Thursday, March 31, 2011


Women’s tennis is at its transition phase. There is no doubt about it.
In every era, fans of women’s tennis have to get used to the idea that players that we have grown accustomed to seeing performing at their best will eventually leave the Tour to make way for a new breed. This is how it goes in all aspects of our lives, whether we want to believe it or not.

Journalists, fans and other media practitioners have taken the WTA Tour, and its veterans to task for their inability to keep the Tour alive. I disagree with this notion. I think the WTA Tour as it stands is at its transition phase. We have seen it before in the 70s, 80s, 90s and now in the 2000s. At some point in time these professional women have to start listening to their bodies and in some cases their significant others and decide that it is time. Time to put down the racquets. Time to stop travelling the world. Time to stop practicing. Time to stop going to the gym every day. Just TIME.

For fans of the new breed of veterans. The Venus, Serenas, Kims, Justines, etc of the Tour, it is heart rending to say the least to watch such quality players take the court less and less. Someone said to me today after Clijsters’ loss that it seems as if with Justine, Serena and Venus not around, she does not seem motivated to compete. That could very well be true. There is no doubt that these 4 women pushed each other to great heights. They forced each other to raise the level of their games when they met.

I recall that between 2003-2005 when neither Williams Sister was playing on a regular level, the era was known as the Battle of the Belgians. Kim and Justine would meet as often as Venus and Serena. During this time we also hold Amelie and quite a few other veterans, including Sharapova. Today, we have these former Grand Slam champions struggling through injury and motivation to try and find their way back to the top of the game.

The media and fans would like them to continue.

In listening to the commentary during the last 2 weeks of the Winter hardcourt swing of Indian Wells and Key Biscayne, the consensus seems to be from every commentator that having Maria Sharapova in the mix is good for the game. I would go further. I think having the veterans competing against the new breed is good for the game.

This sport is not about one player. It is about a professional Tour. A Tour that encompasses women from all walks of life. There are women out there who are competing because it is their job. There are others who are doing it for the legacy that it will bring them. Hall of Fame accolades and the like. To have the media think that this sport. This wonderful sport built by generations of strong women who dedicated their whole lives so that women of today could benefit, is all about one player are delusional.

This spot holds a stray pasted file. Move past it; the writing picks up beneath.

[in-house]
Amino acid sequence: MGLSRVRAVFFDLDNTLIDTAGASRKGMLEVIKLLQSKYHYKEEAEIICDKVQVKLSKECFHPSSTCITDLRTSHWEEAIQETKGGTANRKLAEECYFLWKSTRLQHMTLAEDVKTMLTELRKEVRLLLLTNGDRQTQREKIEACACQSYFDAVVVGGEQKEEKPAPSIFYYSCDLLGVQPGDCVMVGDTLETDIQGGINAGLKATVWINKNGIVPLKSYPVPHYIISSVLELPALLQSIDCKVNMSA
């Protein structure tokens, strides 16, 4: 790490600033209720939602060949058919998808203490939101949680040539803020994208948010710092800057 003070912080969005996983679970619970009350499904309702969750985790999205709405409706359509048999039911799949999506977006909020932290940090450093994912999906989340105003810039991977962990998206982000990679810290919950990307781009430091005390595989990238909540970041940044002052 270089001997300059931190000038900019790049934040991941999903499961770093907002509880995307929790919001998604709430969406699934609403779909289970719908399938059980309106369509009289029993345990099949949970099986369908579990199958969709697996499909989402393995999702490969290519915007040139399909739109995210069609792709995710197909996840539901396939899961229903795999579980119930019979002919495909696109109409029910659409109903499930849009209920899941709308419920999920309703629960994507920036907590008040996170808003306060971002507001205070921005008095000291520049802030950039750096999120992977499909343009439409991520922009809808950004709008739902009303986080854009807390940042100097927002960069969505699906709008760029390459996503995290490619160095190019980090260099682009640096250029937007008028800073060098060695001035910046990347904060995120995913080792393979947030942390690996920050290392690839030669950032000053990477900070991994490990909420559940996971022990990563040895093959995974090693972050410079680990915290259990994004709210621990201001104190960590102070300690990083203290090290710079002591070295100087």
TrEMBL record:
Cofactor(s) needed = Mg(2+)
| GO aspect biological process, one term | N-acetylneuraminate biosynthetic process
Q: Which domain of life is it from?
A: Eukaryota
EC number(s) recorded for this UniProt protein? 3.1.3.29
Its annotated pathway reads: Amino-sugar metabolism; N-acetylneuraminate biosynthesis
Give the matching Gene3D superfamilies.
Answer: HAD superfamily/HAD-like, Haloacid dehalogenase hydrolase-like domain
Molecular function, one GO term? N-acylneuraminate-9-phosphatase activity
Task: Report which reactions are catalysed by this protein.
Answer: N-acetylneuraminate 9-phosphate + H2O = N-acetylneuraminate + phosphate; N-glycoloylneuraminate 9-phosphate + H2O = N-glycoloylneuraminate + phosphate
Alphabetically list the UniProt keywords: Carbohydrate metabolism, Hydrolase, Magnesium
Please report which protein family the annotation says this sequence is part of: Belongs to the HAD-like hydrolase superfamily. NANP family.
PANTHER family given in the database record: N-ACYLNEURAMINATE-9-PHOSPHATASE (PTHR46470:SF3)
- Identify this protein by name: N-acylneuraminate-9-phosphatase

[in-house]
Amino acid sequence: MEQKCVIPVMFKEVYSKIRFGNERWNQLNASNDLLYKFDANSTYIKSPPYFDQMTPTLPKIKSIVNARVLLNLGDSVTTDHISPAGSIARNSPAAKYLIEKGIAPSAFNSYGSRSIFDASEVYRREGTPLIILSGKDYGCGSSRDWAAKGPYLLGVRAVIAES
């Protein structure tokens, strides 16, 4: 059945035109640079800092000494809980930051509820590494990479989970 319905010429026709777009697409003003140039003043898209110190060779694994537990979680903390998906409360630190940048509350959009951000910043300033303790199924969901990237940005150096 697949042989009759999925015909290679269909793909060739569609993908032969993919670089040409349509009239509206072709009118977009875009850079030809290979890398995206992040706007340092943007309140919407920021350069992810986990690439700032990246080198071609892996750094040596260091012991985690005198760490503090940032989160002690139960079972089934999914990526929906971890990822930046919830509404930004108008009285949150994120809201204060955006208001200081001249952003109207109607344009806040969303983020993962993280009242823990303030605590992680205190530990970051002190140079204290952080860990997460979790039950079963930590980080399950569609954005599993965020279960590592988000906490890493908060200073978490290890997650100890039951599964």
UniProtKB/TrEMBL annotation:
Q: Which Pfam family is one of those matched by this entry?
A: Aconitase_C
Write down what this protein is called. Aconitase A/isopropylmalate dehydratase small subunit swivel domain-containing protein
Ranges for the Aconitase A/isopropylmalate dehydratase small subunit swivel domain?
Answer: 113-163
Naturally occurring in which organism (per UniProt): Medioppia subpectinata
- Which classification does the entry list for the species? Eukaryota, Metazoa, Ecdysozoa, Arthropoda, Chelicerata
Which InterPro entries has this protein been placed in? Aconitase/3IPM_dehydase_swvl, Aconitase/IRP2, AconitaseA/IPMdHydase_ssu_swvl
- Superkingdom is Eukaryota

These days I like to see competition amongst the women. I too will regret the day when I can no longer see Venus striding across the lawns of Wimbledon, holding herself as regal on the grass as no one else in women’s tennis can. I long to see Serena Williams’ serve and that forehand and her hitting that backhand off the back foot and seeing that fierce look of calm determination as she stands across the net to return serve. I enjoy seeing the look of determination on Sharapova’s face as she battles her opponents and these days herself. I like the contemplative look on Clijsters’ face as she ponders her next move. I like the eagerness of Azarenka, and the happiness that she now seems to enjoy both on and off the court. I like to watch the wheels of Radwanksa’s head turning as she slices, and dices the ball to give her opponent’s fits, and finally, I like the look of the current World’s No.1, Caroline Wozniacki, a player who does not get as much credit as she deserves in this wonderful sport.

In short, I love what the WTA has to offer, both from the veterans and the new breed.

The game is in transition and I for one while dreading what lies ahead am surely looking forward to what the WTA will do next.

Sunday, March 13, 2011


In yesterday’s post I intimated that based on the live streams that I was seeing, it was possible that women’s tennis would get little or no coverage of the combined events of the BNP Paribas Open, i.e. Indian Wells. I was wrong. Women’s tennis got lots of coverage yesterday. It would have been good though if during the cut aways from the main stadium matches, we got a glimpse of the other women playing during this tournament in the same way that it was done for the men, but that would have been asking too much of the broadcasters.

From the matches I saw yesterday, some of them left me shaking my head and others made me feel somewhat optimistic about women’s tennis going forward.
My issue today is with the commentators in the booth.

I hold no brief for any player on the WTA Tour. The only Tour player that I have had the pleasure of meeting personally is Venus Williams and since we share the same last name I have always considered myself as “holding brief” for Venus in the event that I believe that she is being negatively portrayed in the media. Not that that gets me anywhere but I will defend Venus with my last dying breath as I believe she is the epitome of professionalism and class on the WTA Tour.

Which brings me to yesterday’s commentary. I sat there and listened to Lindsay Davenport not only belittle the current World’s No. 1 but also point out how in her Davenport’s opinion Clijsters is the best player in the women’s game right now. She then went on to make the distinction between quality and quantity. The first thought that went through my mind was whether Ms. Davenport felt that way when she was year end NO. 1 on a number of occasions by amassing tons of tournament wins at tournaments that I have now forgotten while getting her behind handed to her in numerous Grand Slam semis and finals. Did she consider herself a worthy No.1 at that time? Did she think that she was better than those players who were winning majors but ranked beneath her? I am sure she felt that she was better than the others who were winning majors. After all, she was supporting the WTA Tour and turning up to all the events, she just could not get pass the finish line.